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Small jar for ointments
Room 2



Archaeology

Anonymous

Small jar for ointments

Place of execution unknown
Roman, second half of the 2nd century – first half of the 3rd century
Clear blown glass
11.6 x Ø5.6 cm
From the burial ground of Can Colomer Munmany, Vic (Osona)
MEV 13243

It is part of a grave goods formed by objects of a personal nature and funerary offerings recorded inside a lead sarcophagus with a lid of flat 'tegulae'. The deceased had half a coin in the mouth, which would allow it to pay Charon for the last boat journey to the beyond, symbolised by the crossing to Lake Styx. The grave goods were completed by an oxidised clay jar, with graffiti (CN) incised after the firing, which contained inside it the remains of eggshell and small insects. The Romans believed in the afterlife and death became one more stage of life. The burial ground of Can Colomer Munmany was located on one of the roads leading to the city of Ausa, a fact that is corroborated by the custom existing in the Roman world of burying the dead by the roadside outside cities.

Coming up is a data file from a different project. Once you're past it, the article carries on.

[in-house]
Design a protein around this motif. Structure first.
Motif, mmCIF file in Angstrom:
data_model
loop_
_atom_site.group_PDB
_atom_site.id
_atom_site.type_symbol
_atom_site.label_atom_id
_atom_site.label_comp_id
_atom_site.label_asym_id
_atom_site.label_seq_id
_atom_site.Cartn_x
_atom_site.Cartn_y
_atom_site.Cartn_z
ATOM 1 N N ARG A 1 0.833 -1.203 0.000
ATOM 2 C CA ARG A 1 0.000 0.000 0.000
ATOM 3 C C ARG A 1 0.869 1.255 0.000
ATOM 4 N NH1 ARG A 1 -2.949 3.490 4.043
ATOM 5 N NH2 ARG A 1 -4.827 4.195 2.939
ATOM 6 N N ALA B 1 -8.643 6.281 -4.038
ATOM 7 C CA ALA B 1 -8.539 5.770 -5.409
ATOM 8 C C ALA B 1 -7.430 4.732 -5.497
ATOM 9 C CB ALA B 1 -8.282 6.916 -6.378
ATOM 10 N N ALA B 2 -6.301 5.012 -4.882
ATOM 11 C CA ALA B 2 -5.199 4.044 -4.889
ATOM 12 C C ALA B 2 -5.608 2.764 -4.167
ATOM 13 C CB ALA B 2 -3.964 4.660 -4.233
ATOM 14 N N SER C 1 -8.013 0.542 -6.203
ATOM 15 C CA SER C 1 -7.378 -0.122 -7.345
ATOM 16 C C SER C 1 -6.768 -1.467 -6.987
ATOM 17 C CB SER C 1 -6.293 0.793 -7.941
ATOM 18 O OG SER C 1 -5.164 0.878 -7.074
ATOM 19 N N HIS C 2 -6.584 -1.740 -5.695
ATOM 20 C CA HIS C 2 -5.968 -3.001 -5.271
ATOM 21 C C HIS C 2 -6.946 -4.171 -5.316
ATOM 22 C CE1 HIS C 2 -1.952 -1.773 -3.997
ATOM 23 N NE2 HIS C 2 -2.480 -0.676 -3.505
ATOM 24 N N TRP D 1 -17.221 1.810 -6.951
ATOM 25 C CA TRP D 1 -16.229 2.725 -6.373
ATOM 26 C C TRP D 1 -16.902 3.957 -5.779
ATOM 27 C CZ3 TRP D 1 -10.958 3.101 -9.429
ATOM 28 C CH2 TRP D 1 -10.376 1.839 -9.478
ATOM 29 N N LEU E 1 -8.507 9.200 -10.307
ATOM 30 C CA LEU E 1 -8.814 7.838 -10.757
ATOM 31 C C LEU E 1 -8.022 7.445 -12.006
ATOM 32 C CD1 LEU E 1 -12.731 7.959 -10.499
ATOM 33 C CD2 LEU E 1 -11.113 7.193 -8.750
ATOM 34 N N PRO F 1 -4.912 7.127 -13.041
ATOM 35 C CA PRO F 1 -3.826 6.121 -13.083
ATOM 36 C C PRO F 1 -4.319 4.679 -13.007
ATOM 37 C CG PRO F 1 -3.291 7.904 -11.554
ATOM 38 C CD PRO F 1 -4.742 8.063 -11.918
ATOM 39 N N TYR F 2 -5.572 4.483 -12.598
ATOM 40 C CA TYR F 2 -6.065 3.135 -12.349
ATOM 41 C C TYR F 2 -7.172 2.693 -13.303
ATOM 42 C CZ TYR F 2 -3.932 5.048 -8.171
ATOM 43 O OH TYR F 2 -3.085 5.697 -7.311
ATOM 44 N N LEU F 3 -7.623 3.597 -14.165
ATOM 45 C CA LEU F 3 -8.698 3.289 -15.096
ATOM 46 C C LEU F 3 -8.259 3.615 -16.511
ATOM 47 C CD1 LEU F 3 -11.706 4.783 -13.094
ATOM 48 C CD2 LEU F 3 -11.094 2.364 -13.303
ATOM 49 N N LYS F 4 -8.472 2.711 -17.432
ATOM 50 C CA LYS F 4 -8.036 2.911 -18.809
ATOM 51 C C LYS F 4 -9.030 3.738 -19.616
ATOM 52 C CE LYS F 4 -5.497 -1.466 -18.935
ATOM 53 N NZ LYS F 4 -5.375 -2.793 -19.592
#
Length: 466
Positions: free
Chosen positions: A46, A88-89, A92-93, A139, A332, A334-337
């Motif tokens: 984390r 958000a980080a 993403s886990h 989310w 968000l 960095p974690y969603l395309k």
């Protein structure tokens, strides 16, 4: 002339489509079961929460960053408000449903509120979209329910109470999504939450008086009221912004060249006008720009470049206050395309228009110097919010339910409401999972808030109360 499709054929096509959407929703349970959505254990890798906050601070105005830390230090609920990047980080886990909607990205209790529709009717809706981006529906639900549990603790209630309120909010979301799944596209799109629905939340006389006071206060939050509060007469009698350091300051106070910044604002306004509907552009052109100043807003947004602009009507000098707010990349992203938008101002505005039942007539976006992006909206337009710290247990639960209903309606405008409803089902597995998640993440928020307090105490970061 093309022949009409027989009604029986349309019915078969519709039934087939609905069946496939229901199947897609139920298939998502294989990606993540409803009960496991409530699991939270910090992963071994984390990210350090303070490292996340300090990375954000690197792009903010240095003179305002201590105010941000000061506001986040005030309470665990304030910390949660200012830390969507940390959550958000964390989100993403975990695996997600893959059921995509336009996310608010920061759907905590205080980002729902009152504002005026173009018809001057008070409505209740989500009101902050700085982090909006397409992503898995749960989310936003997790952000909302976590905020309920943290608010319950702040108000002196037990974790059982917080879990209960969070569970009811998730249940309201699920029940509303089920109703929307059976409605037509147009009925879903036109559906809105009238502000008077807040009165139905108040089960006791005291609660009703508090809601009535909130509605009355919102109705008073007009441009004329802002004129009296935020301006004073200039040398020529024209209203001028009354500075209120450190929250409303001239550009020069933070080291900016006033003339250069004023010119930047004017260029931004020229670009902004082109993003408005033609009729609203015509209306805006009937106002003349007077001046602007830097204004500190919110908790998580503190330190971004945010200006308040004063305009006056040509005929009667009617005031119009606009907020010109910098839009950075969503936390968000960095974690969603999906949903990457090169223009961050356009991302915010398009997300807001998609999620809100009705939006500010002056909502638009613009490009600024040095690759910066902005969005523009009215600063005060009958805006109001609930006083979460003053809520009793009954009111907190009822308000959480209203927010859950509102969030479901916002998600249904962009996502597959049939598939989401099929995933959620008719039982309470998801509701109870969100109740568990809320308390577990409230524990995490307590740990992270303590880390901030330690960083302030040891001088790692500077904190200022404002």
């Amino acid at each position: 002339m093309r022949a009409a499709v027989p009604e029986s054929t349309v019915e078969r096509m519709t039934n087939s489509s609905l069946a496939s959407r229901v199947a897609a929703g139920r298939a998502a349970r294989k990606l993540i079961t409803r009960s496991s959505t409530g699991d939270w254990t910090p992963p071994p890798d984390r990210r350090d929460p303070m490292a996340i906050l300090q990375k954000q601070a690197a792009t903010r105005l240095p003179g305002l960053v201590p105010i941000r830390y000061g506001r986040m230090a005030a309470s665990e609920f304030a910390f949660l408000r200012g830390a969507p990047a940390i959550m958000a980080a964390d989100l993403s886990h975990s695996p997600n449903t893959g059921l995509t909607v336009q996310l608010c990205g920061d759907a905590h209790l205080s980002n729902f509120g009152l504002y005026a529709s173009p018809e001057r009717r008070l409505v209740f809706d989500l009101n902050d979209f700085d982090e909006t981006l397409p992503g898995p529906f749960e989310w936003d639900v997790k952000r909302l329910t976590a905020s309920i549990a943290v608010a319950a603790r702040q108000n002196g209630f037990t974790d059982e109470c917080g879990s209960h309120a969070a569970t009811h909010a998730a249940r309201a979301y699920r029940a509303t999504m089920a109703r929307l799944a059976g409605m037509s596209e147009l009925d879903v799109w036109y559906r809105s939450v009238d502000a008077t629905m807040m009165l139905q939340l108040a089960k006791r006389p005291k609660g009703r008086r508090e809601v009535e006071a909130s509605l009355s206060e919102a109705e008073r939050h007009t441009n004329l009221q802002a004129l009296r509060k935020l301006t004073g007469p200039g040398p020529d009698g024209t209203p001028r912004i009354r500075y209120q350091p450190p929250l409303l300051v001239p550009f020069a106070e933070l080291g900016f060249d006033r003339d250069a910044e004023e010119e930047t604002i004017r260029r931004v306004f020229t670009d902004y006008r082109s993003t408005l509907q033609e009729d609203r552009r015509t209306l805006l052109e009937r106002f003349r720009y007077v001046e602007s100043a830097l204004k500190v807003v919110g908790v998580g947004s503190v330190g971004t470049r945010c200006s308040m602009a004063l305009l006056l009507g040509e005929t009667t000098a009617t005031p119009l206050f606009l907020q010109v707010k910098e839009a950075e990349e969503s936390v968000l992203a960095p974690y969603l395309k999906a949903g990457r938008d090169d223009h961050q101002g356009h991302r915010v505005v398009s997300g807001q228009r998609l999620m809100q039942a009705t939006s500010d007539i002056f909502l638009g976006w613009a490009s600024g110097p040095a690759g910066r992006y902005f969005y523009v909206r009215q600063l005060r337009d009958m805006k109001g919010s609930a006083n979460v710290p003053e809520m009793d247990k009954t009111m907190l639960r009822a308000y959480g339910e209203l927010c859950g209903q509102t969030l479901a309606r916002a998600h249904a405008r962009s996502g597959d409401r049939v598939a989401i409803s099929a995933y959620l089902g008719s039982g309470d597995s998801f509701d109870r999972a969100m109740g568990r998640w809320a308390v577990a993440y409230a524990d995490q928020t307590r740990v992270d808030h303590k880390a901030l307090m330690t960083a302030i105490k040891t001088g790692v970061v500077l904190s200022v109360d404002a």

Room 2
Floor -1
1 History of the Museum
2 Archaelogy
3 Lapidary